In this week’s “For You Renting Pleasure” we’re celebrating the letter B with Beasts of the Southern Wild and Butter. Sesame Street would be so proud. [Read more...]
The story follows Arthur, a bajillionaire who was born into money and now has no inclination to make his own. Living large as a playboy and partier, he has become an embarrassment to his mother as he frivolously tosses around her riches, forcing her to the point that she must give Arthur an ultimatum to get him into shape. The choice is this: either Arthur can marry the more responsible Susan, who will give the stockholders a feeling of stability that cannot be provided with Arthur in charge of the company, or he can lose his ties to the family fortune, leaving him with nothing. What seems to be an easy decision for a character such as this is made slightly more problematic when he meets the possible girl of his dreams. [Read more...]
Arthur is a fine little romantic comedy that is fairly paint by numbers and doesn’t bring much new to the genre, but the cast makes it an entertaining enough affair that is worth watching if a fan of them.
The film is a remake of the 1981 film of the same name, which stared Dudley Moore, but I have never seen it so we won’t be comparing that here. This film stars Russell Brand in the title role as Arthur, who is a rich and perpetually functional drunk that is undereducated and has nothing to do but find ways to blow his family’s money. After his latest stunt causes faith in the family’s company’s future to drop, causing negative financial ripples, his mother arranges his marriage to a well-to-do heiress, Susan, whom will take over the company along with Arthur when the time comes. Arthur unfortunately has just met the potential love of his life, Naomi, and he is forced to juggle the two women as he will be cut off from his wealth if he does not marry Susan.
I still stand behind the fact that I am not a fan of this day, but Valentine’s Day has at least warmed my heart enough to be capable of acknowledging it as an acceptable holiday. But just this once.
In a nutshell, Valentine’s Day takes a group of characters that tie together in simple ways and depicts the relationships in their lives, whether they be familial, budding romances, friendships, till death do you part relationships, or what have you. The stories are all familiar and never veer from what is expected of them (except for one storyline), but the humor and the majority of the casting are enough to keep it entertaining and enjoyable. With the predictable stories the film also occasionally dips into the cheesier elements of the romcom genre, but it was at least not as sappy as the trailers that were shown prior to the film. [Read more...]
Valentine’s Day is a bunch of good actors, looking pretty, and doing decent work in paint by numbers plot and unimaginative entry into the rom-com genre; whose formula has been done much better in a few films still fresh in the memory.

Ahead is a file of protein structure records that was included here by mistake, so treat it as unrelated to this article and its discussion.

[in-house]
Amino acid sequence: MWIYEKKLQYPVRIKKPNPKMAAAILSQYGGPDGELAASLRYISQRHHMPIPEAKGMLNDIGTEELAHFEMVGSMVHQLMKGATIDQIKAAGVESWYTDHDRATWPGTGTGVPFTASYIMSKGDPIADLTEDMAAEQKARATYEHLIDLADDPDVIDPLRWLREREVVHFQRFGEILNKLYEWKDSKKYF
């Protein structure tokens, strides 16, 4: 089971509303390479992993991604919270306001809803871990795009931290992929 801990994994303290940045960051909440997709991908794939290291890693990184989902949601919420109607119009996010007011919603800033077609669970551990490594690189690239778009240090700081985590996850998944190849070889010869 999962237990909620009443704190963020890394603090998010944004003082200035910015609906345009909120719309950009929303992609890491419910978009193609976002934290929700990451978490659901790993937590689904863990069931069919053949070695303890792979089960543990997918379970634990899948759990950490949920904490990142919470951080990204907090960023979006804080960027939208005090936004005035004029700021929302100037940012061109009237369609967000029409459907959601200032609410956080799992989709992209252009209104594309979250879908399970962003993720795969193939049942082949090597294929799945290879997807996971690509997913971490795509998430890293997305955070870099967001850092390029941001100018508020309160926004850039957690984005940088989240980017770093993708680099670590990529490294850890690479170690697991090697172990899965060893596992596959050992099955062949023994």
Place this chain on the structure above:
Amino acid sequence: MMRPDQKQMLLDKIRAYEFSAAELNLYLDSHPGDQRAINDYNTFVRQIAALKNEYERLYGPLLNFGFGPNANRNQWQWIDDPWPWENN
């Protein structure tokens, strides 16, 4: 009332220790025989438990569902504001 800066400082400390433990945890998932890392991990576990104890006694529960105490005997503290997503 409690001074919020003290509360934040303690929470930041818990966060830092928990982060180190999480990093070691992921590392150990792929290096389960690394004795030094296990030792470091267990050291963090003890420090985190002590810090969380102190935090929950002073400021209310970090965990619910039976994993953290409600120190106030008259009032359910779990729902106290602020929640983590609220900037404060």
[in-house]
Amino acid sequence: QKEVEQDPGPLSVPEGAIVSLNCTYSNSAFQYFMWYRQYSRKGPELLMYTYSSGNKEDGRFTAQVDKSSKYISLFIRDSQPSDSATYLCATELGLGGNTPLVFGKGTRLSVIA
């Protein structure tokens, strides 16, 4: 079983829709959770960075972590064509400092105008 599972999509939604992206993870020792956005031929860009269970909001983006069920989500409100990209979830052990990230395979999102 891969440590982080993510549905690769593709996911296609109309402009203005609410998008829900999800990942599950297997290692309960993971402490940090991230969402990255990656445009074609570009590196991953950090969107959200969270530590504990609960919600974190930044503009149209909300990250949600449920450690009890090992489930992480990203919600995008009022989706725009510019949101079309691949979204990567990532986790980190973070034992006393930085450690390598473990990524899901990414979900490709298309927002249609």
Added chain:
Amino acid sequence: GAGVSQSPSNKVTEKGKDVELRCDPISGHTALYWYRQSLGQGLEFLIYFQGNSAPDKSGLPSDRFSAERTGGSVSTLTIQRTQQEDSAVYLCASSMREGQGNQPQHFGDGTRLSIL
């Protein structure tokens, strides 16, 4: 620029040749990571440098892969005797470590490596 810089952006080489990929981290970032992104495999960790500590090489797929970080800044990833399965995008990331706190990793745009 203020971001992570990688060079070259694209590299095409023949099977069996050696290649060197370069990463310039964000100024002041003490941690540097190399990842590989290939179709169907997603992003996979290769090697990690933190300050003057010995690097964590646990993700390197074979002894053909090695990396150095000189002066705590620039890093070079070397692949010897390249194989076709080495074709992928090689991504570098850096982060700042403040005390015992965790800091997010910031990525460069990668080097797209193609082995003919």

Now, this film is bound to bring in the bank for a number of reasons; lots of big name stars, appropriately timed release over the romantic holiday weekend, and its familiar plot lines a plenty being peddled in the film’s trailer. Now beyond this surface assessment people can make from the trailer and the poster, the film will gel with audiences once in the theaters because it offers up plenty of comfort food for the average viewer in a multitude of so obviously planned elements it is almost laughable. This is how I imagine some of the production meeting going on this film;
Matthew McConaughey’s latest romantic comedy is neither anything special, nor a terribly horrible experience with a couple of good laughs mixed in for good measure.
Connor Mead is a successful fashion photographer that jumps from woman to woman with no remorse at all as he shatters there heart. When Connor’s brother is set to get married, Connor heads up to their Uncle Wayne’s mansion where the two grew up after their parents were killed in an unfortunate auto accident. Uncle Wayne carried himself as Connor does in the present and was long Connor’s mentor until his eventual passing. Attending as the maid of honor at wedding is Connor’s old flame and possibly the only women he ever loved, Jenny, but those times are long in the rearview mirror for the “great Connor Mead”. Jenny and Connor quickly bounce back and forth against each other, butting heads, as Connor immediately reminds his brother it isn’t too late yet, while Jenny tries to shut him up and keep things on track for her friend the bride. As the rehearsal ends and a wedding eve party of some sorts kicks off, Connor encounters the ghost of his Uncle Wayne in the bathroom and warns him that he will be visited by the ghosts of his girlfriends past and that they will hopefully show him the way off the path he is heading and not ultimately end up like his good ole Uncle Wayne; who after countless women was ultimately alone. Without fail, Connor is visited by his first ever girlfriend and begins on a path to possible peace and redemption or a life being alone and leaving a sad existence behind. [Read more...]
Talk about breaking a stereotype. Who would have thought that such a great film like Juno was written by an ex-advertiser/stripper/phone sex operator named Diablo Cody. But that is in fact what she has done and paired with one of the more capable young directors around, Jason Reitman, Juno might end up being the funniest film of the year. [Read more...]